Last week I went to the Kilauea Volcano with Dianne and Mitch. I hadn’t been to the Hawai’i Volcanoes National Park since we were tourists visiting the island – maybe four years ago. At the moment, the local papers are full of the news that the volcano is on the move. The Halema’uma’u Crater within the Kilauea Caldera is filling with lava, now within 75 feet of the crater floor. So when Dianne emailed saying “Let’s go!” I said yes.
It’s about an hour to Hilo and another 30 minutes to the park. Our first stop was the Volcano House, the historic lodge within the park sitting on the rim of the Kilauea Caldera. I’ve stayed there, along with Mark Twain and a lot of other famous people over the years.
Recently it’s been closed for renovation, but we could walk around the building to see the Halema’uma’u Crater in the distance. Lots of fumes/steam/smoke was billowing out of it. We took a few pictures, but quickly decided to go to the Jaggar Museum on the other side of the caldera where we could get a better view of the lava rising in the crater.
On the way, we stopped at the vents and took pictures of the tourists standing in the steam, who were taking pictures down the hole. My first thought: are they nuts? But then I remembered doing the same thing four years ago. I guess tourists who are hungry to have the whole volcano experience will do things that a resident, seeing and experiencing the effects of volcanic fog (vog) on a regular basis, chooses not to do.
As we got closer to the crater, we could smell more sulfur. Getting out of the car at the Jaggar Museum, we felt the oppressive air hanging heavy. A placard said that on a typical day, Kilauea vents belch out several hundred tons of sulfur dioxide every day! We walked up to the observatory area, and saw more fumes pouring out of the crater. This was a closer, better view. We could see a gray mass at the bottom; just below that was molten lava. At night we would have been able to see a red glow. But during the day it was not particularly spectacular. And if it had been, if the crater has suddenly filled and spilled out over the caldera floor or had erupted with force, we surely would have been ushered out of the park.
There really was nothing more to see, so we headed home after spending only about an hour in the park itself. One thing we learned is that once a person reaches 62, s/he can get a lifetime annual pass for the price of entrance into the park – any national park. I only have 18 months to wait for a free pass forever to the US National Park System. That’s a deal! We’ll see if it survives Congress.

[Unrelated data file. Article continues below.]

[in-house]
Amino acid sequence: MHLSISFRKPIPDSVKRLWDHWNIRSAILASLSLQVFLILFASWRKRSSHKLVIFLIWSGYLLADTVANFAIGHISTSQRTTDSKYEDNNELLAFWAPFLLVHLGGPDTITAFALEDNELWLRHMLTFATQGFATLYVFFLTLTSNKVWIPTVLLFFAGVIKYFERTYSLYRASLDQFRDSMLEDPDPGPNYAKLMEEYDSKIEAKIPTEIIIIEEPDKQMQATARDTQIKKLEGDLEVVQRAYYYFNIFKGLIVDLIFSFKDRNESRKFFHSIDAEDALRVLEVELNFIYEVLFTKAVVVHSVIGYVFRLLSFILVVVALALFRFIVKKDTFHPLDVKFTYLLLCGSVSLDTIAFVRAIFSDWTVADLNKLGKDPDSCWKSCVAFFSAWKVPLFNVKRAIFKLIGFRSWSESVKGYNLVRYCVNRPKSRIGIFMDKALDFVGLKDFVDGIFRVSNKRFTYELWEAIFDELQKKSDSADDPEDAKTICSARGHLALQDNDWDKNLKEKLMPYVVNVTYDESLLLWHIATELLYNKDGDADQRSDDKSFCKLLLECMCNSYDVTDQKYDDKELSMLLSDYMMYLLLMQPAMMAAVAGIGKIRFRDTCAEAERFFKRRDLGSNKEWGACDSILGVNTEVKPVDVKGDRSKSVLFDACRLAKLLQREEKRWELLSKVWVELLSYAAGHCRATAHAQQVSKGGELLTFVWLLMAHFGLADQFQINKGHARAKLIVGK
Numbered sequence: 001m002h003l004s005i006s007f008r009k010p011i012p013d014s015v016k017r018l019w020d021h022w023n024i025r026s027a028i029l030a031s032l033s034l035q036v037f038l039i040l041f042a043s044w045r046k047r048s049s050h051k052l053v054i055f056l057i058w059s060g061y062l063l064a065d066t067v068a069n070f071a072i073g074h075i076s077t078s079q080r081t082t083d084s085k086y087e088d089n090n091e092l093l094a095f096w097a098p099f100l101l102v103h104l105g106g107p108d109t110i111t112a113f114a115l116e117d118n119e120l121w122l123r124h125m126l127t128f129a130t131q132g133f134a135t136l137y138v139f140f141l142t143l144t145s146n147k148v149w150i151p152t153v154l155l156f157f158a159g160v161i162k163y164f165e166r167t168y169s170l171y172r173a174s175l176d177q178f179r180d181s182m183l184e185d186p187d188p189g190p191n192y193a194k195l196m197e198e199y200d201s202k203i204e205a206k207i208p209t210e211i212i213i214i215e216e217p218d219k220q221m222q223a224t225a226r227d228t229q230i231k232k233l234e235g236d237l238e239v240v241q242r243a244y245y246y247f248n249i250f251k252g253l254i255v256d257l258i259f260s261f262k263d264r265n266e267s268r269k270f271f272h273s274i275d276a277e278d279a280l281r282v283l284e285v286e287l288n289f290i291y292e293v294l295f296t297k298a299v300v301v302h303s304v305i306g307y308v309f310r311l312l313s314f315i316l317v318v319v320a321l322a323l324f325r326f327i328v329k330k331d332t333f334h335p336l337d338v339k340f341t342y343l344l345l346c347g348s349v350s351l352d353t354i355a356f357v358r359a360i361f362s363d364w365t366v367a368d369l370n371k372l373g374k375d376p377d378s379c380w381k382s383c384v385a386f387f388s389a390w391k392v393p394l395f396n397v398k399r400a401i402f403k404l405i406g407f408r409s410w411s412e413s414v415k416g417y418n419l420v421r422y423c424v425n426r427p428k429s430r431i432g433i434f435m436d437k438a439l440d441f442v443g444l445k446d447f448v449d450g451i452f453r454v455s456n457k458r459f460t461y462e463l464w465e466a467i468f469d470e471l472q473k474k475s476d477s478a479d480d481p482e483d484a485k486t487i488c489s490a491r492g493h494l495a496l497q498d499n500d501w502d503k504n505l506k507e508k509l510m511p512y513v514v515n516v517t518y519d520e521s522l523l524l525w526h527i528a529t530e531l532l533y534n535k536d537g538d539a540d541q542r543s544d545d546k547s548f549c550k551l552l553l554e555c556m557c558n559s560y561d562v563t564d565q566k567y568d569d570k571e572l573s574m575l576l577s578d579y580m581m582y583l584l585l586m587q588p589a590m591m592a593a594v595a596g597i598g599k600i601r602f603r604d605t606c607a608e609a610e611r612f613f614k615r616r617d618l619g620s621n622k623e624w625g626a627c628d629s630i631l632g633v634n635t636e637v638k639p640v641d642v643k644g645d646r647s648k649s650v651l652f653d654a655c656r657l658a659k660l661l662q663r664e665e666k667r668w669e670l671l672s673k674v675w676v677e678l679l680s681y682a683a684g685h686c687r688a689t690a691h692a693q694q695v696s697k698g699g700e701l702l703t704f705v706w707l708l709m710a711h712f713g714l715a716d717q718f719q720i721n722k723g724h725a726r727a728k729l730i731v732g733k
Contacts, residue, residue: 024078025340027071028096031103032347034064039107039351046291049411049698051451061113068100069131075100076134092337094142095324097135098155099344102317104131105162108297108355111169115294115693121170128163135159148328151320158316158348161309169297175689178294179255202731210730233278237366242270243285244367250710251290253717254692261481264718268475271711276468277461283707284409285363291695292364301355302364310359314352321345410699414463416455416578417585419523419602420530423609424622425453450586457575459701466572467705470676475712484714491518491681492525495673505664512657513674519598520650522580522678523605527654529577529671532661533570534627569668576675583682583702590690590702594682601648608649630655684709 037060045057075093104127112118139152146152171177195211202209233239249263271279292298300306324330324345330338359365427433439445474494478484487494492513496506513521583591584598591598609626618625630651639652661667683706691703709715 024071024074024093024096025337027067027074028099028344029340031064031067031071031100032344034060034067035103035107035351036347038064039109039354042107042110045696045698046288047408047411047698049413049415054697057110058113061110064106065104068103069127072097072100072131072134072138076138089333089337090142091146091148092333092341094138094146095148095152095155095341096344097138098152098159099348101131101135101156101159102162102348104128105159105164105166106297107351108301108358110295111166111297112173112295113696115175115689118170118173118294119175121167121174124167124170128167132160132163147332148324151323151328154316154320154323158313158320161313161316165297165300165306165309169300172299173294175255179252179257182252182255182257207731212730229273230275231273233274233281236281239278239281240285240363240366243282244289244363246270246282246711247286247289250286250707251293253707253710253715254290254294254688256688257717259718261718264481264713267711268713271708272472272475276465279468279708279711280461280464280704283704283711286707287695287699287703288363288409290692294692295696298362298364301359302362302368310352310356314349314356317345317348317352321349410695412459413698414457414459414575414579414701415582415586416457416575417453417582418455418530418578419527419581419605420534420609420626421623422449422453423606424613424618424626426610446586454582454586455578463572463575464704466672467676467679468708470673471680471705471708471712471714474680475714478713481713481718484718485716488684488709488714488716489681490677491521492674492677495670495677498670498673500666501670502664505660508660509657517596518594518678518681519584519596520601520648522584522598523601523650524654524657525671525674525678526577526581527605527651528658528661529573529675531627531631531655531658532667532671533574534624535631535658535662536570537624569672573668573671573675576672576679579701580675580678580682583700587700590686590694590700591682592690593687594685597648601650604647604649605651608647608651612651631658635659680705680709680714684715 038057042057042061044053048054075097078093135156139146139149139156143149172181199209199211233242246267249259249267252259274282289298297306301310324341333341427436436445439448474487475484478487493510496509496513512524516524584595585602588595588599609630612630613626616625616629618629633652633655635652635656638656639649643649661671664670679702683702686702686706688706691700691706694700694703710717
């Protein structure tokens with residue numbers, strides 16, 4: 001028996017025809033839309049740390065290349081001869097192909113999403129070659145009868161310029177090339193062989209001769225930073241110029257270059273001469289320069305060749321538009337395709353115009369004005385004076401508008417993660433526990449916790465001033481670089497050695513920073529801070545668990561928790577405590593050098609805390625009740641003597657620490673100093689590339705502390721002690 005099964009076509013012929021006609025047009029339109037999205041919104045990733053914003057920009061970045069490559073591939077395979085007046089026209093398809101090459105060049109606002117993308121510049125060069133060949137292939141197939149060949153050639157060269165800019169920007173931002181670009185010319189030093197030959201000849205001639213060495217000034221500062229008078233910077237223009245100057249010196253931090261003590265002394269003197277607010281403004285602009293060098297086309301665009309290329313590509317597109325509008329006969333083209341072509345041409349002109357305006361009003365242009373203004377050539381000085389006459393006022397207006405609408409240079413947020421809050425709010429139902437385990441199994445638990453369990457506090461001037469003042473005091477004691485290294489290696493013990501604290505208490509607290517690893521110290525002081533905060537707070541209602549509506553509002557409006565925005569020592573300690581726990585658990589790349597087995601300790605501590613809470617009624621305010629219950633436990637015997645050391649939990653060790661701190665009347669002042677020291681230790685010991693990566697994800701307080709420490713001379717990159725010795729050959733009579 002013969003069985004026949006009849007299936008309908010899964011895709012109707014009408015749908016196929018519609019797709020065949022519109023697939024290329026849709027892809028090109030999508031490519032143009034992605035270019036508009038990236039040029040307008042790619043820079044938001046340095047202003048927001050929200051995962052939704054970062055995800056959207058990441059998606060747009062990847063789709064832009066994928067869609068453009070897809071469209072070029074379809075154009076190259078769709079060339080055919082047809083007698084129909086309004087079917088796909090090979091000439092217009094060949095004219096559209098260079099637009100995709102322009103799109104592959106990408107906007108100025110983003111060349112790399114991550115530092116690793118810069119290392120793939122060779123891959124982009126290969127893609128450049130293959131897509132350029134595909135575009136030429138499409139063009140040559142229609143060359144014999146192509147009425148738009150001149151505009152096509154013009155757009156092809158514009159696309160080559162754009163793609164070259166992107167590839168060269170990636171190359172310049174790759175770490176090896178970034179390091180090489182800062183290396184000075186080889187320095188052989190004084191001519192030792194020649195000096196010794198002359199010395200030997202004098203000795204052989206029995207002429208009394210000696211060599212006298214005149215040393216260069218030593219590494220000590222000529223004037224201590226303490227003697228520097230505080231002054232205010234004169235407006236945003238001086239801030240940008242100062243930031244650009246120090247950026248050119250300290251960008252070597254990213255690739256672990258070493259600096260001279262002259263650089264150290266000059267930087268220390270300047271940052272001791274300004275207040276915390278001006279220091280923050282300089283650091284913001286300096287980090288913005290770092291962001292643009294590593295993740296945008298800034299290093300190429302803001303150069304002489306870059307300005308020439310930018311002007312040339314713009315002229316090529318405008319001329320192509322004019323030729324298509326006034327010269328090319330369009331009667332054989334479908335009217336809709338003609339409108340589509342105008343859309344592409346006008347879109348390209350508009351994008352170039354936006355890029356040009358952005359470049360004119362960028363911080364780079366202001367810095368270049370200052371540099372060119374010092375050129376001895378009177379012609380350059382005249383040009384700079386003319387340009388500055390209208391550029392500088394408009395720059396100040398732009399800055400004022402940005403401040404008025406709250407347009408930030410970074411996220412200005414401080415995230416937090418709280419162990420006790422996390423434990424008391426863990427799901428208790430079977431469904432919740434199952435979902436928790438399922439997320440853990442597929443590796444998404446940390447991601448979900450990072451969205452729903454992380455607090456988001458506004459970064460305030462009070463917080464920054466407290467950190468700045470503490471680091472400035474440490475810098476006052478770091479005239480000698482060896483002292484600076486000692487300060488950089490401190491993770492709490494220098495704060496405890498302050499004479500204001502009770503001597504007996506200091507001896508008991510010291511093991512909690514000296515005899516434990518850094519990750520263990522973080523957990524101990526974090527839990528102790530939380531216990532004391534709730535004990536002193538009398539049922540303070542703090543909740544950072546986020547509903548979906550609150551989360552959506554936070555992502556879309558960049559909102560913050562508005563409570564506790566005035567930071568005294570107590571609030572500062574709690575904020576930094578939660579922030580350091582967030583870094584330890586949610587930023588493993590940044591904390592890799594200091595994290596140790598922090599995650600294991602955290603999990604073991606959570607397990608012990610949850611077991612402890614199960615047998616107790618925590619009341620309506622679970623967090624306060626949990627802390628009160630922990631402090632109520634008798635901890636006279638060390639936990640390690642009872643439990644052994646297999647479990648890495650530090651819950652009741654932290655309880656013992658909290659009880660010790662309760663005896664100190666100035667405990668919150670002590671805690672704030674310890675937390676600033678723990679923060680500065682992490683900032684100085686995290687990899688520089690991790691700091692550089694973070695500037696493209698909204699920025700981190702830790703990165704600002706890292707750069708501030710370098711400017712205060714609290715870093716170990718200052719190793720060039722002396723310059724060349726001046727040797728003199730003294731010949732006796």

I don’t often stop to think about the fact that I live on an island with one volcano (Kilauea) that has been spewing lava from a rift vent every day since 1983, and four other volcanoes that are active or dormant. The one at the north end of the island, Kohala, is considered dormant, as its last eruption was about 120,000 years ago. Much of it fell into the ocean millennia ago, and it is hard to see any kind of a peak. From Waimea at 2500 feet, one sees a series of hills that gradually rise to 5480 ft.
Mauna Kea is to our south and we live on it’s flank. It is the tallest volcano at 13,796 ft, and, when measured from the sea floor, is taller than Mount Everest. It last erupted 4600 years ago. Mauna Kea’s summit now contains twelve observatories from countries around the world. I can see them on clear days during the daily drive from Honoka’a to Waimea. Waimea sits on the saddle between Mauna Kea volcano and Kohala.
Hualālai (8,271 ft) is to the south and west, and last erupted in 1801, 19 years before the missionaries arrived. You can still see that lava flow all around the Kona airport. Unfortunately, Kona has grown up on its flanks. Geologists expect it to erupt again in the next 100 years. I’m glad I didn’t move there.
Mauna Loa (13,769 ft) is the volcano that scares me the most, though I live far enough away. It is still very active, producing lava flows that reached the ocean eight times since 1868, and erupting every six years or so over the past 3000 years. We are overdue for an eruption as the last one was in 1984 when a flow came within five miles of Hilo! The flows from Mauna Loa are very large, with lava produced at a higher rate than from other volcanoes.
What this means is that vast amounts of lava can reach the ocean within a matter of hours on the steeper west side of the island to the south and north of Kona. People who lived in its path would have to evacuate very quickly, and expect little left when they returned. Developers are actively building resort communities on the northwest side where people could need to evacuate. But it shouldn’t be a shock to those that live there now, as they are surrounded by massive lava fields. I’m thinking they just don’t think in geologic time.
Besides the volcanoes, we also have earthquakes; the instruments in the park record several a day, most of them unfelt. With earthquakes come the possibility of tsunamis. Luckily we live at 1000 feet.
All of this is sobering if one takes the time to reflect on it. While personally, our biggest risk is earthquake, any damage to one of our harbors through volcanic or wave action would bring its own set of problems. We could pay a very high price for living in Paradise. But given Superstorm Sandy, the snow storms and other bad weather on the mainland in the past couple weeks, I’ll take my chances.
For an essay about a successful night viewing of the lava lake two years later, see Lava Lake Rising.
For an essay that speaks to Halema’uma’u Crater as Pele’s home, see New Year’s Encounter with Pele.
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